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Florida Highway Patrol’s Move-Over Enforcement Nets 1,200 Citations in 29 Days

| March 5, 2012

When vehicles don't move over. (Florida Highway Patrol)

The Florida Highway Patrol today announced the preliminary enforcement results from the Patrol’s Move Over campaign. During the 29-day period, the Patrol placed heavy emphasis on getting drivers to Move Over for stopped emergency vehicles on Florida’s roadways. Troopers issued more than 69,000 traffic citations and made 620 arrests for Driving Under the Influence of alcohol or drugs. They cited nearly 24,000 drivers for speeding, and citations for failure to Move Over topped 1,200.

The “Move Over Act” passed during the 2002 session of the Florida Legislature and was signed by Gov. Jeb Bush. It went into effect July 1, 2002. The law requires drivers to move over one lane or slow down to 20 miles per hour below the speed limit when approaching any authorized emergency vehicle or wrecker displaying rotating or flashing lights stopped on the side of a roadway.

“Law enforcement officers are out there every day working to reduce traffic crashes and fatalities. Motorists need to know the rules of the road, such as the Move Over law, and abide by them,” said Col. David Brierton, director of the Florida Highway Patrol. “Over the past two months, three of our troopers have been struck by motorists while working on our highways.”

Trooper Richard Guzman’s vehicle was struck on Jan. 4, in Hillsborough County. Vehicles also hit Trooper David Rodriguez on Jan. 26 in Orange County and Trooper Daniel Morley on Feb. 23 in Palm Beach County. Some law enforcement officers were not as lucky: Deputy Ryan Seguin, a 23-year-old deputy of the Broward County Sheriff’s Office, was struck and killed by a passing vehicle on Feb. 15, 2006, while he conducted a traffic stop on Interstate 595 in Broward County.

Florida Highway Patrol Trooper Darryl Haywood, Jr.’s cruiser was struck on Jan. 22, 2006, on Florida’s Turnpike just south of the Hollywood Boulevard exit. Haywood had just stopped a motorist and was in his cruiser, writing a citation on the west shoulder of the Turnpike, when a Dodge pick-up truck rear-ended his patrol car. The pick-up truck overturned and came to rest in the center lane of the Turnpike. It took rescue crews about 30 minutes to extricate Haywood from his car. He was airlifted to a Miami trauma center. He’s recovered since.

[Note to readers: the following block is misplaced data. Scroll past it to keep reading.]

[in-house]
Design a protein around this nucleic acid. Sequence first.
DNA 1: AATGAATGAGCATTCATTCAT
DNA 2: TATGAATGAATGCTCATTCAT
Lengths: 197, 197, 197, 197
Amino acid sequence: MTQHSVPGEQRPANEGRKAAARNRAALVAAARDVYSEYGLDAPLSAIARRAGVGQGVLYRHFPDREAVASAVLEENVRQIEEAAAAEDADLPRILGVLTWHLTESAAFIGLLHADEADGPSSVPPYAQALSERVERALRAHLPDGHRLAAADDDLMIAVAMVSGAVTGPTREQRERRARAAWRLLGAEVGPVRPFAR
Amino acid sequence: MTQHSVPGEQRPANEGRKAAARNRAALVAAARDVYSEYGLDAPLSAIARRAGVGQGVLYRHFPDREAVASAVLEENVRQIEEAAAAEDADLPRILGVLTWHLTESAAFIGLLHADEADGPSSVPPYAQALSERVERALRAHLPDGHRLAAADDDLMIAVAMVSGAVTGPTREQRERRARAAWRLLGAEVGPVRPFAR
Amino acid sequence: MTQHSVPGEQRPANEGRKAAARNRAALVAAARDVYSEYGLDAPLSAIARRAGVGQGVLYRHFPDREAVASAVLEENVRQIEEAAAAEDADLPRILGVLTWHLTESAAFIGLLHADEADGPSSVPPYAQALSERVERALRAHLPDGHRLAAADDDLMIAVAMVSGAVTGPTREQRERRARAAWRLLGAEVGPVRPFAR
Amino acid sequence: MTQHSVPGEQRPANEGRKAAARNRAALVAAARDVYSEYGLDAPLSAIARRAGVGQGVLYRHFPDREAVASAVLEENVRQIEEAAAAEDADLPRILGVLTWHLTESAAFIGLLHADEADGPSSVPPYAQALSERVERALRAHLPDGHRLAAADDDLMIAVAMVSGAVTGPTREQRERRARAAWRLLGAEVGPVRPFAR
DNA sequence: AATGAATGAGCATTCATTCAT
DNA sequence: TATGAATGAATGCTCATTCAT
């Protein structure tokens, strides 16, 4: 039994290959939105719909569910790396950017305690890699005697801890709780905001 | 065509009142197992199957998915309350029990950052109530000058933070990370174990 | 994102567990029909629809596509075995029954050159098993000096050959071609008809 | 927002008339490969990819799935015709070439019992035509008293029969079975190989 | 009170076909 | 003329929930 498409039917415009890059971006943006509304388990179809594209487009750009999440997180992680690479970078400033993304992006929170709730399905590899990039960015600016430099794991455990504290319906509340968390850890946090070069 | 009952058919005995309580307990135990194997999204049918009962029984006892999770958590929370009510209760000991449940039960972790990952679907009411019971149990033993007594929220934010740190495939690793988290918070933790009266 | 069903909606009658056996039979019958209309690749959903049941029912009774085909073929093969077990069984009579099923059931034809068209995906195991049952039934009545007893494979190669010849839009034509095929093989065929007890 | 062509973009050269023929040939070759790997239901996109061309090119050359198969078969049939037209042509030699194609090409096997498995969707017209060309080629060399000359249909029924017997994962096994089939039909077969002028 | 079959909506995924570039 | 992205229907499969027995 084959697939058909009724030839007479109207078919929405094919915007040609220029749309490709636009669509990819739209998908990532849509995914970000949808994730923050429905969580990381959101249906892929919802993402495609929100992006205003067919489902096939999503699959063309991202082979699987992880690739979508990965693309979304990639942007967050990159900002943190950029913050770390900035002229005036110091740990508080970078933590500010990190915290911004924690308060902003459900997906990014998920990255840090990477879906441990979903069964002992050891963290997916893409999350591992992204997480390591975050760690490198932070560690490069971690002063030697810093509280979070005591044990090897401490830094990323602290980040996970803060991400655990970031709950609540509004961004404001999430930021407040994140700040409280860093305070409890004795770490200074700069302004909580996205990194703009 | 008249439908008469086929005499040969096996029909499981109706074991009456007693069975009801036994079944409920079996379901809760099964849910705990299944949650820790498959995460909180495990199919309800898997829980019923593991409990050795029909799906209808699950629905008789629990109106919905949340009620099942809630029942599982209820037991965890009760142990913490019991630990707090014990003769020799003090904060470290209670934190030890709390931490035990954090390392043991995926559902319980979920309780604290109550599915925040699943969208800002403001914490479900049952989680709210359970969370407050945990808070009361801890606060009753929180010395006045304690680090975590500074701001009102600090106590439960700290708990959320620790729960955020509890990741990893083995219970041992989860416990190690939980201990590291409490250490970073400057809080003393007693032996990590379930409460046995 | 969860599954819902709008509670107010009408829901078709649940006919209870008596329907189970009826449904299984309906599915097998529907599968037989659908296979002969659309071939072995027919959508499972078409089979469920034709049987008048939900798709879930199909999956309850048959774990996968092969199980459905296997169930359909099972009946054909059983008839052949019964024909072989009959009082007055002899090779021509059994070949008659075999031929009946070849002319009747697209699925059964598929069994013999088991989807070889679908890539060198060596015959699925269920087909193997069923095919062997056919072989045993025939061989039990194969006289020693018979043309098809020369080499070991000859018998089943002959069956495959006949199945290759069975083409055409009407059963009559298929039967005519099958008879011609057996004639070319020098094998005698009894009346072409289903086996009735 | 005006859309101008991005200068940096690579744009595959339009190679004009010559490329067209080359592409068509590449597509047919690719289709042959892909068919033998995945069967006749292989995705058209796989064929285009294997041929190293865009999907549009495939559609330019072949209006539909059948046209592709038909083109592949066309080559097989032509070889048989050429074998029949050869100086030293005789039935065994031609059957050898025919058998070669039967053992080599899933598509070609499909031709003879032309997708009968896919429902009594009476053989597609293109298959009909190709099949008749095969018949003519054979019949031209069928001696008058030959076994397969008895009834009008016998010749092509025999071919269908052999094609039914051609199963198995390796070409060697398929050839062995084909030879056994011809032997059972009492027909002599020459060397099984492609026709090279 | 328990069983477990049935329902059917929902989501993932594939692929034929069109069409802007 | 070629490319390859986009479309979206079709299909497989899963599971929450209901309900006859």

Trooper Adam Heinlein is lucky to be alive after a tractor-trailer traveling south on U.S. 27, at about 60 miles per hour, smashed against the driver’s side of his cruiser on Feb. 16, 2006. Heinlein was sitting in the driver’s seat, working on his computer, when the tractor-trailer sideswiped the police car. At the time of the crash, the individual who had just been stopped by Heinlein was standing near the right front fender of the patrol car. The victim got cuts on his neck from flying glass and was transported to a nearby hospital with minor injuries.

Motorists should remember that *FHP (*347) dialed from a cellphone contacts FHP when they need to report an aggressive driver or require roadside assistance.

Florida’s Move Over Law (Florida Statute §316.126):

(1)(a) Upon the immediate approach of an authorized emergency vehicle, while en route to meet an existing emergency, the driver of every other vehicle shall, when such emergency vehicle is giving audible signals by siren, exhaust whistle, or other adequate device, or visible signals by the use of displayed blue or red lights, yield the right-of-way to the emergency vehicle and shall immediately proceed to a position parallel to, and as close as reasonable to the closest edge of the curb of the roadway, clear of any intersection and shall stop and remain in position until the authorized emergency vehicle has passed, unless otherwise directed by any law enforcement officer.